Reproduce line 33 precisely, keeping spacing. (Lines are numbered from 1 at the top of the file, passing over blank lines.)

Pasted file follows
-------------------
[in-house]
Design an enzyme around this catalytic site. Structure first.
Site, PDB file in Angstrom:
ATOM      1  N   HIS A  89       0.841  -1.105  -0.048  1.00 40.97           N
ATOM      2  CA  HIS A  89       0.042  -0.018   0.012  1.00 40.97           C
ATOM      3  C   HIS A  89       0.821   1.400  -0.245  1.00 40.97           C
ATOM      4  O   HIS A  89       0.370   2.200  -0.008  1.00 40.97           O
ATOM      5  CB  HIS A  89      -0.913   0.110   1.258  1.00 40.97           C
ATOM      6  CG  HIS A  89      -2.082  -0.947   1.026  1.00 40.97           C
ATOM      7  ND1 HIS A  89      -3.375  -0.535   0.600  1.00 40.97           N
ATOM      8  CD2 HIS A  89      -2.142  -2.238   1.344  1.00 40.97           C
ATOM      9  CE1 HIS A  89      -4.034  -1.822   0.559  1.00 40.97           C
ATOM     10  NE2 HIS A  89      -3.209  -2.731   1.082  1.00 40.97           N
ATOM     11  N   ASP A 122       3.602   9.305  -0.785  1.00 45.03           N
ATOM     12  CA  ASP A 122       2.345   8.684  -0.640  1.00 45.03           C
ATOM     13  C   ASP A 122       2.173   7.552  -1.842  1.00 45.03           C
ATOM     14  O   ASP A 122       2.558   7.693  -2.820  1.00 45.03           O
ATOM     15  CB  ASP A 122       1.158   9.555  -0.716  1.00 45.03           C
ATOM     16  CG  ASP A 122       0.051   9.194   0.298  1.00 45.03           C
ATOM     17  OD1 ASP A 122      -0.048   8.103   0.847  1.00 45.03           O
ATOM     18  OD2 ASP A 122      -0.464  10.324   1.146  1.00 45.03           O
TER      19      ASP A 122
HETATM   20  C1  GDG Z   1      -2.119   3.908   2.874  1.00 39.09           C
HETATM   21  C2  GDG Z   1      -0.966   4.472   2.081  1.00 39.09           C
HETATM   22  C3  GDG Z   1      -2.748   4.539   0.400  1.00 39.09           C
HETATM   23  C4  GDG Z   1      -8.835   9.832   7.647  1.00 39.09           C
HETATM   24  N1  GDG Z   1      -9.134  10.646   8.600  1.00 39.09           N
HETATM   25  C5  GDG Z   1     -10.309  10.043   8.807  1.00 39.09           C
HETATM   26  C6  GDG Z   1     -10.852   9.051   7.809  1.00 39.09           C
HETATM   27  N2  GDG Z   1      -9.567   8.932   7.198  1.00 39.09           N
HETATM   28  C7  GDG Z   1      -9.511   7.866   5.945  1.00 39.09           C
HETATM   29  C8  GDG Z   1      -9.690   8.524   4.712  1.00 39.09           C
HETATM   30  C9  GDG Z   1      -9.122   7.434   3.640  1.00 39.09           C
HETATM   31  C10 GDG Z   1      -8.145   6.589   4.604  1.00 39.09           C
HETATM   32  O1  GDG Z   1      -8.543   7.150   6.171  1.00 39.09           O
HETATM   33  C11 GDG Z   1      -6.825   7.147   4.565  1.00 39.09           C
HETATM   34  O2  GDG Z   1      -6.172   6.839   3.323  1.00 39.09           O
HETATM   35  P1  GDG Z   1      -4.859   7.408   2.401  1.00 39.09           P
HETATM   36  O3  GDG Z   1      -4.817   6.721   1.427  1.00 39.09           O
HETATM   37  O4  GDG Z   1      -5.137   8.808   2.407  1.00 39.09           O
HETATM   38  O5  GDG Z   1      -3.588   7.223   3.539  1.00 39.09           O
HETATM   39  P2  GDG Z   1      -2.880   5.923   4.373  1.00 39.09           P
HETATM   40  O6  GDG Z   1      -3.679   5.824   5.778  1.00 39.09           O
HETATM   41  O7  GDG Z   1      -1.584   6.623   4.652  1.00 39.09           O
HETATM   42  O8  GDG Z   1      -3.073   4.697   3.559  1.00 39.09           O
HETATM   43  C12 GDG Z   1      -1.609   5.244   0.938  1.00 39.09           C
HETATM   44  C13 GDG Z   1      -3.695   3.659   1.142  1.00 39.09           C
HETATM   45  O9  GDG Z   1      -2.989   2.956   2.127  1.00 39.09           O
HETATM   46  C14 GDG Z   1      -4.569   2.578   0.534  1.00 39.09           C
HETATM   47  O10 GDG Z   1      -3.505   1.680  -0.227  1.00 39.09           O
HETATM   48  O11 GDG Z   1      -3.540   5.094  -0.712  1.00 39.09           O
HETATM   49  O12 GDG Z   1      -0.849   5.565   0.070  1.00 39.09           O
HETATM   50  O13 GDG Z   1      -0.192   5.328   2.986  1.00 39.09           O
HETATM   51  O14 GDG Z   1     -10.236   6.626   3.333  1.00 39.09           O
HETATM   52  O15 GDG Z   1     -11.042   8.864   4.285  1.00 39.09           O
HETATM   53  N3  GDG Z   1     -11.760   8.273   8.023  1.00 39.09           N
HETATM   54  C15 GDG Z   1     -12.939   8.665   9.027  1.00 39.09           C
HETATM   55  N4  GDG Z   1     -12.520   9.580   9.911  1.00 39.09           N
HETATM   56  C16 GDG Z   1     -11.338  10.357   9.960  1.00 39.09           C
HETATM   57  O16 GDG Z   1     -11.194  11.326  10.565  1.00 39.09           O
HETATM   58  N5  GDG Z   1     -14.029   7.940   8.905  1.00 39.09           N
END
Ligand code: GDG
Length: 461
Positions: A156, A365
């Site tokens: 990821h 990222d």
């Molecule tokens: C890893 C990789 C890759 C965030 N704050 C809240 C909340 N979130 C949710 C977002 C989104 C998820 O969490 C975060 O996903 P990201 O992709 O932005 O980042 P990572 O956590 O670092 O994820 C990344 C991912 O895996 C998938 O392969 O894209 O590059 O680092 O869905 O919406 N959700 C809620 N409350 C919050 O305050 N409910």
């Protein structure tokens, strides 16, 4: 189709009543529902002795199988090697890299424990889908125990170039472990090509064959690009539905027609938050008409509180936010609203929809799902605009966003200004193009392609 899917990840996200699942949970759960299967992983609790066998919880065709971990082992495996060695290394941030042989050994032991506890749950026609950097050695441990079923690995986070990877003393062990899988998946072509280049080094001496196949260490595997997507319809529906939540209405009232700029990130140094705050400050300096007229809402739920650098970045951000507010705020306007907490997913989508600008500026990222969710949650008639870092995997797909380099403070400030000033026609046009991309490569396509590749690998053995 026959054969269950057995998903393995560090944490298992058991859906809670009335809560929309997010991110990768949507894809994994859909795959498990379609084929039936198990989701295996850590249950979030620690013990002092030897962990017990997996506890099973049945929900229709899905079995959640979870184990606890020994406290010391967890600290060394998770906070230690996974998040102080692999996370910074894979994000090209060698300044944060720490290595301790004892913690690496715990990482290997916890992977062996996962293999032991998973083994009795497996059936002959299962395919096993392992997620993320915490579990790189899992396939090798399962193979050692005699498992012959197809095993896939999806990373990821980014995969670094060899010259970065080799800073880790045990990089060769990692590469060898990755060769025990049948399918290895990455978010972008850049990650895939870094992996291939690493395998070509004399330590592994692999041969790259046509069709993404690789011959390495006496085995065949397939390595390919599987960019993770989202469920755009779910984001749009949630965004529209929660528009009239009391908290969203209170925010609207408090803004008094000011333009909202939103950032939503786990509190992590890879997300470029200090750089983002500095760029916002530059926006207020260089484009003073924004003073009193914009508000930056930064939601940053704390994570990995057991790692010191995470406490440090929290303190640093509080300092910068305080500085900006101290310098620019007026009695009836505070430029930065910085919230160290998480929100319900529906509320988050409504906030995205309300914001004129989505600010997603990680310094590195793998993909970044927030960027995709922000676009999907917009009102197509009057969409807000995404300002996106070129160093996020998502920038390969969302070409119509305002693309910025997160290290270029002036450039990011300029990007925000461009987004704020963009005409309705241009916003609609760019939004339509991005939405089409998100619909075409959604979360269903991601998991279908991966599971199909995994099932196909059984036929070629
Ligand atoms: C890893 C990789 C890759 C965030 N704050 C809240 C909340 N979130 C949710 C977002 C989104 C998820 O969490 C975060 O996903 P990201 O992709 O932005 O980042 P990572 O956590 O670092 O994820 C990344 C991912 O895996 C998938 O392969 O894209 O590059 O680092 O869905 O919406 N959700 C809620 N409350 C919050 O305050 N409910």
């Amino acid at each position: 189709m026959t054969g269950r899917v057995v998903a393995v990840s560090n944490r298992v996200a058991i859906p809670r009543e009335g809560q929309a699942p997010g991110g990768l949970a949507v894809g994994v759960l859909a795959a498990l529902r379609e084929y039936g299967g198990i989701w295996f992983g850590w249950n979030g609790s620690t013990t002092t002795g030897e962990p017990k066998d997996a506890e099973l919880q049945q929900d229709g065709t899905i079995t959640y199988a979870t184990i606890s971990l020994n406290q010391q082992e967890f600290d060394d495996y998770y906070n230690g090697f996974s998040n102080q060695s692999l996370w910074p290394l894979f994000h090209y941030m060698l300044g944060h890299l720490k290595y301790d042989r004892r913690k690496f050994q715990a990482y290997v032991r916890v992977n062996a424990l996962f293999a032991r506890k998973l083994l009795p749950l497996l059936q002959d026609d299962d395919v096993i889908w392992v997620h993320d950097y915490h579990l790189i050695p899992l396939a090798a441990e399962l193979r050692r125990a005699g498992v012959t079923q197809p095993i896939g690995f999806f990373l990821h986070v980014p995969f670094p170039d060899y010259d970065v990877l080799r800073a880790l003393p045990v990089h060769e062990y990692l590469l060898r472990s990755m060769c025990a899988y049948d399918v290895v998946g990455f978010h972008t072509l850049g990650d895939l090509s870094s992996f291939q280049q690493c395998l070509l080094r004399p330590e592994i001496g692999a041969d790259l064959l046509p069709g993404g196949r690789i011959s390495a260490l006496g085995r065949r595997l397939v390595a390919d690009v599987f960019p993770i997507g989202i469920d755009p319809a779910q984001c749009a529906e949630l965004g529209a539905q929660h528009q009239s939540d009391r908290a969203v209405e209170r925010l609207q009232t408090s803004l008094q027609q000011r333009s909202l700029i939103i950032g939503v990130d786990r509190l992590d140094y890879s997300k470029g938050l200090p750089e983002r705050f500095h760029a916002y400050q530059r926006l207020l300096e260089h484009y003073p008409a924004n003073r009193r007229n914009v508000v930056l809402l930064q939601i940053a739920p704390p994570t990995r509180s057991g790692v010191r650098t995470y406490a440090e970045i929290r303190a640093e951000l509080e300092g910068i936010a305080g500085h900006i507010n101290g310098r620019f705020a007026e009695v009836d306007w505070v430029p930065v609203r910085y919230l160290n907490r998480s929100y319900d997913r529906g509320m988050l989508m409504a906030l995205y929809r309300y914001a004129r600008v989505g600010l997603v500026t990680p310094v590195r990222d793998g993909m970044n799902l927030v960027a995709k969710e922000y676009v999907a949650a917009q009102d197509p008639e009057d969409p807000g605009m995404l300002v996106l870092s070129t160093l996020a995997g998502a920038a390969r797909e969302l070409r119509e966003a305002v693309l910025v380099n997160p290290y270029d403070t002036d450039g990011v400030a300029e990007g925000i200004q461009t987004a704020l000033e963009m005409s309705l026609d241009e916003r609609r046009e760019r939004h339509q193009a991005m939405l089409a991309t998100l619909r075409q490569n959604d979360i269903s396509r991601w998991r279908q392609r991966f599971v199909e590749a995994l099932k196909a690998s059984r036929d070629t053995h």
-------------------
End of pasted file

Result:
HETATM   30  C9  GDG Z   1      -9.122   7.434   3.640  1.00 39.09           C